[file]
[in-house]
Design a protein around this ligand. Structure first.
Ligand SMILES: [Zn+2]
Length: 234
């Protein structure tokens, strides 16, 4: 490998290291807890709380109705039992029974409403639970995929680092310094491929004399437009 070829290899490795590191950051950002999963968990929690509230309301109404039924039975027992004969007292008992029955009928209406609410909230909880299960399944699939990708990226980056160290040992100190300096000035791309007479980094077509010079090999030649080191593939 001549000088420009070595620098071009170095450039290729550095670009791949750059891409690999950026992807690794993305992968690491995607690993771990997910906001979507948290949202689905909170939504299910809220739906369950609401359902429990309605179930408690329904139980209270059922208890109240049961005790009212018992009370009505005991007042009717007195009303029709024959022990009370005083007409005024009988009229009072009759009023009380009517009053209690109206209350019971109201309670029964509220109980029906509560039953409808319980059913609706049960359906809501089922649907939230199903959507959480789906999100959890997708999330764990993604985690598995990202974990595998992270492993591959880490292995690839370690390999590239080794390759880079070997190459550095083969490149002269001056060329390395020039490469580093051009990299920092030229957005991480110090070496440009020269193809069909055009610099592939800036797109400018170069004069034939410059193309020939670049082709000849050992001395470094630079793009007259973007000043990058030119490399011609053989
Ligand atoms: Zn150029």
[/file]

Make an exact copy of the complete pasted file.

[in-house]
Design a protein around this ligand. Structure first.
Ligand SMILES: [Zn+2]
Length: 234
């Protein structure tokens, strides 16, 4: 490998290291807890709380109705039992029974409403639970995929680092310094491929004399437009 070829290899490795590191950051950002999963968990929690509230309301109404039924039975027992004969007292008992029955009928209406609410909230909880299960399944699939990708990226980056160290040992100190300096000035791309007479980094077509010079090999030649080191593939 001549000088420009070595620098071009170095450039290729550095670009791949750059891409690999950026992807690794993305992968690491995607690993771990997910906001979507948290949202689905909170939504299910809220739906369950609401359902429990309605179930408690329904139980209270059922208890109240049961005790009212018992009370009505005991007042009717007195009303029709024959022990009370005083007409005024009988009229009072009759009023009380009517009053209690109206209350019971109201309670029964509220109980029906509560039953409808319980059913609706049960359906809501089922649907939230199903959507959480789906999100959890997708999330764990993604985690598995990202974990595998992270492993591959880490292995690839370690390999590239080794390759880079070997190459550095083969490149002269001056060329390395020039490469580093051009990299920092030229957005991480110090070496440009020269193809069909055009610099592939800036797109400018170069004069034939410059193309020939670049082709000849050992001395470094630079793009007259973007000043990058030119490399011609053989
Ligand atoms: Zn150029």